When a field of study is in its early stages, scientists from several countries, ethnic backgrounds, beliefs, political persuasions, etc. begin tackling a problem. All these scientists bring their intellect and life experience to bear on answering the questions being investigated. Initially there is a multiplicity of possible answers, there are uncertainties, deficiencies and limitations in the methodologies, and there is confusion. Many scientists go down blind alleys only to find they have wasted their time on a wrong approach and have to turn back. Some explanations emerge that seem to be better than others. Methodologies are improved. Hypotheses are refined. Exceptions are explained. Scientists from other areas enter the field and bring new tools and ideas (a very important development). The research performed in these other fields is found to be complementary to the research in the emerging field. Eventually as the field matures scientists from different laboratories using different methodologies begin obtaining the same results and elaborate models that they use to make predictions (another very important development). Some predictions are not fulfilled and the models that generated them fall by the wayside and are replaced by new models that are more accurate at explaining the data and making new predictions. Eventually the field coalesces around a theory. The theory is used to generate practical applications and to explain observations in other areas of science.
A theory developed through the process described above is not an ephemeral construct that can be overturned at any time. The very technology that we use in our everyday lives depends on hundreds of solid scientific theories that have never been disproven. Many people who do not understand the nature of scientific truth confuse the overturning of a scientific theory with its refinement. This is because there is the erroneous notion that scientific theories should explain everything, and this is not the case. A scientific theory only has to answer the most important questions raised by scientists.
Thus, when a fully developed scientific theory is produced in a field of study this means that scientists have stopped arguing with each other about the salient points addressed by the theory. In other words, they have reached a consensus. This is the true meaning of a scientific consensus. Of course, the fact that there is a consensus doesn’t mean that everything has been settled. Scientists that agree with evolution are still debating how evolution happens. Scientists that agree with climate change are still debating its extent and mechanisms. Nevertheless, a consensus does mean that the major overreaching question in the field has been answered to the satisfaction of the vast majority of the scientists involved in the research.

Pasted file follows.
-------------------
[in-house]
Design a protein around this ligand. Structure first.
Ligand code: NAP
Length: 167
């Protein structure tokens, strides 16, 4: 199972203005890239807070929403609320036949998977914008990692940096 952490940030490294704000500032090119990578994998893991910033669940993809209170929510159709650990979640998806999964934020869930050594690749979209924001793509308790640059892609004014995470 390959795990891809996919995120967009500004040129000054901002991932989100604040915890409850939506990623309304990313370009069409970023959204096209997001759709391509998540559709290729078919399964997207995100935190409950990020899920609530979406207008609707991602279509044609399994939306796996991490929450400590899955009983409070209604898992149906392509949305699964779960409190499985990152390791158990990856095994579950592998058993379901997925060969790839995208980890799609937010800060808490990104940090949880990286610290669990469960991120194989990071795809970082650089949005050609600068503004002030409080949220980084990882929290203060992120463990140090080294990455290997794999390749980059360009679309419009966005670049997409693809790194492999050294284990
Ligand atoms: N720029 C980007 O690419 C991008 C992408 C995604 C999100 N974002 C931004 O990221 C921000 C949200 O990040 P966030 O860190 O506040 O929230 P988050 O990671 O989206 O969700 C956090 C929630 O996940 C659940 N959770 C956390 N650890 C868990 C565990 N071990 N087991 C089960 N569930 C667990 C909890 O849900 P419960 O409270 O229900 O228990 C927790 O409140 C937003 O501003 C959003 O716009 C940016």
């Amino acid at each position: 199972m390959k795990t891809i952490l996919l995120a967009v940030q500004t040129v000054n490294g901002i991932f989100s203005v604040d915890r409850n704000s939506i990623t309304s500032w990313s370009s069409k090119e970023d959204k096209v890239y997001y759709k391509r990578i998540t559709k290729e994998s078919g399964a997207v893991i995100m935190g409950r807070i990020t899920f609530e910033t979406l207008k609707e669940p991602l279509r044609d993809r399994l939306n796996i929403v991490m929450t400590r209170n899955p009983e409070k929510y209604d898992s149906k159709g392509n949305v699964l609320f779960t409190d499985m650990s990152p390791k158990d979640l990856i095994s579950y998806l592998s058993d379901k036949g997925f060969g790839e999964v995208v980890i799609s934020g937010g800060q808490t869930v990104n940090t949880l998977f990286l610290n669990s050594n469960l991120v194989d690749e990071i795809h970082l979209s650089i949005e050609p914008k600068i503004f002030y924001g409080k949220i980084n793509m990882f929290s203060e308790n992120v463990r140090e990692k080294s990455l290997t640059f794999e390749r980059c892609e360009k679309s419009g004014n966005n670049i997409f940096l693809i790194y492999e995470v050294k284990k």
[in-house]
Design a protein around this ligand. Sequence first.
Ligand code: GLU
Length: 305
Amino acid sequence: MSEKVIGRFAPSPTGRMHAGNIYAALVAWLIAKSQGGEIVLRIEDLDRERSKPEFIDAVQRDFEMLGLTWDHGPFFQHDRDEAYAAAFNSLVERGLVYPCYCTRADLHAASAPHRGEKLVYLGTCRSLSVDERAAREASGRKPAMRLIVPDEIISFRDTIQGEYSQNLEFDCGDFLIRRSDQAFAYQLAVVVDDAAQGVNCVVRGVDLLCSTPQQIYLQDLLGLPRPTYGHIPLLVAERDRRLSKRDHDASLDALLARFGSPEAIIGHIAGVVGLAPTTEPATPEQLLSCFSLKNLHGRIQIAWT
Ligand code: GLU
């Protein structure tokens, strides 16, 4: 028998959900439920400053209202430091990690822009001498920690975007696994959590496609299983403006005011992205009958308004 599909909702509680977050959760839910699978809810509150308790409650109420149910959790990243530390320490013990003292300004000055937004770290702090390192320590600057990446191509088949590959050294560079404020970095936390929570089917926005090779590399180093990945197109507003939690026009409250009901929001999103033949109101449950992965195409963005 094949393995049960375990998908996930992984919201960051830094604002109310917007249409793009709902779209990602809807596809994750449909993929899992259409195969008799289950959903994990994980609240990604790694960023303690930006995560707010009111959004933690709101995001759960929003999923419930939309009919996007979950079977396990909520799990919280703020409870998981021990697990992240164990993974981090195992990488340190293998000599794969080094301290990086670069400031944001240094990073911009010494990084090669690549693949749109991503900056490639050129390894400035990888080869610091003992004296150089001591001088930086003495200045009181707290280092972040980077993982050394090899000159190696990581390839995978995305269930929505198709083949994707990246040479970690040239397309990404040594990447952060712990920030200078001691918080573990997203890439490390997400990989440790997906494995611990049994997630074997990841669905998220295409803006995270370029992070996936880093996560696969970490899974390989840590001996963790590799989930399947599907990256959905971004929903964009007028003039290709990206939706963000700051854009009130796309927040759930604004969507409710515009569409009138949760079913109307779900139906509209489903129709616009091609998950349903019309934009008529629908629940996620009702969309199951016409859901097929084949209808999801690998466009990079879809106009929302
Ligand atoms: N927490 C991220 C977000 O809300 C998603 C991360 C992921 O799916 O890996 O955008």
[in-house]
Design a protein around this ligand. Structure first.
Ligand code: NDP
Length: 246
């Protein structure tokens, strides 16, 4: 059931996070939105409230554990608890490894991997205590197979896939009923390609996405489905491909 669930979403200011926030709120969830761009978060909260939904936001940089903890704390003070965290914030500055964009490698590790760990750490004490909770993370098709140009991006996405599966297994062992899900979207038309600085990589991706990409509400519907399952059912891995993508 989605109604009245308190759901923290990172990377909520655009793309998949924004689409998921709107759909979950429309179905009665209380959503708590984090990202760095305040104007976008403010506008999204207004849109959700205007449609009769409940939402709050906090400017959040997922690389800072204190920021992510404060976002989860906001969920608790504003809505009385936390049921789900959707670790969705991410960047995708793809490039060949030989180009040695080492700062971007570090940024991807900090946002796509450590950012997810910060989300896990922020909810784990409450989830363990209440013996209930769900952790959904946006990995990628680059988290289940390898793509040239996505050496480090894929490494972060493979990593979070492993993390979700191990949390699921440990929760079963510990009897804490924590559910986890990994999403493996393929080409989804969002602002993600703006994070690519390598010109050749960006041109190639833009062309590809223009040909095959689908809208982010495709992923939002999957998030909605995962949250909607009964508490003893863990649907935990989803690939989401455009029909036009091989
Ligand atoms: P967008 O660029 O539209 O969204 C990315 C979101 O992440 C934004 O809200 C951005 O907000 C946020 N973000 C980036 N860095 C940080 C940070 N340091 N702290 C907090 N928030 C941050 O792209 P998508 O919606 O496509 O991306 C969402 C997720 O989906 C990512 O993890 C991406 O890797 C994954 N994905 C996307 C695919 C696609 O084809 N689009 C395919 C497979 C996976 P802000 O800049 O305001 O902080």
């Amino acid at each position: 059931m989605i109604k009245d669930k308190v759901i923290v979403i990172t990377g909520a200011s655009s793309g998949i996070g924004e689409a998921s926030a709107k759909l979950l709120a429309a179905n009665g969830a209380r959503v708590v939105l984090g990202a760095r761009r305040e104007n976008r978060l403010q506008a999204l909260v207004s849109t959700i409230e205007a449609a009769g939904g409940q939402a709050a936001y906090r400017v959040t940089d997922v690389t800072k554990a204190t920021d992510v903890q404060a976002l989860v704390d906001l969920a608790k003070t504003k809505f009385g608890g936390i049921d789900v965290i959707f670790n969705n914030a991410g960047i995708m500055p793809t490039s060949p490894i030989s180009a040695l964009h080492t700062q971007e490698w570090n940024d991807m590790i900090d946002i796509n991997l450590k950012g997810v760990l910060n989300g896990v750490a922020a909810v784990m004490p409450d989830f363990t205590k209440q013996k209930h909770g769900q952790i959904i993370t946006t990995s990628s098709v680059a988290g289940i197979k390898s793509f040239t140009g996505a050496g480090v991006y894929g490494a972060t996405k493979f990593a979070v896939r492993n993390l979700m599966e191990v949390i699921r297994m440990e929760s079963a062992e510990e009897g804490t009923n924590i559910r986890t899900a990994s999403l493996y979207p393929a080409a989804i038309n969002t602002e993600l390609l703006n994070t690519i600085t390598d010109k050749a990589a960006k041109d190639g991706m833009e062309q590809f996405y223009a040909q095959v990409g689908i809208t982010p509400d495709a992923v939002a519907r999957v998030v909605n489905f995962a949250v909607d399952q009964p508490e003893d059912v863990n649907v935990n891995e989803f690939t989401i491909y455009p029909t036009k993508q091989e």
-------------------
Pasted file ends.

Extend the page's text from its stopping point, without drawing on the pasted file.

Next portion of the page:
The consensus can, in principle, be modified if the underlying theory that backs the consensus is found to be incomplete, but this is only true if the refinements to the theory in the form of new observations, new data, or new interpretations of old data or old observations, significantly modify those parts of the theory that are vital for the consensus. In the case of a fully developed scientific theory this is no easy task, and the burden of proof is on those who seek to modify the theory. Some people claim that this promotes a herd mentality that leads to dissenting scientists being penalized and those that are compliant being rewarded resulting in the discouragement of innovation. However, what has to be understood is that science is a very conservative enterprise that sets a very high bar for those seeking to challenge what is considered established knowledge. If you are going against the prevailing theory, you’d better have very good evidence. This is not the product of a herd mentality or a way to discourage innovation: it is a way of protecting established science against error.
In the public debate, when you hear that a consensus has been reached in a particular field of science, you need to ask about the nature of the underlying theory that backs it. If the theory fulfils the requirements of a fully developed scientific theory, then the consensus is good. A consensus is only as good as the theory that supports it. However, suggesting that there is no such thing as a scientific consensus or that it is irrelevant is nothing more than a strategy to delegitimize science. It has been used in the past by entities such as the cigarette lobby, and it is being used today by creationists, climate change deniers, and other groups that seek to further their anti-science agendas.
Image by Nick Youngson used here under an Attribution-ShareAlike 3.0 Unported (CC BY-SA 3.0) license.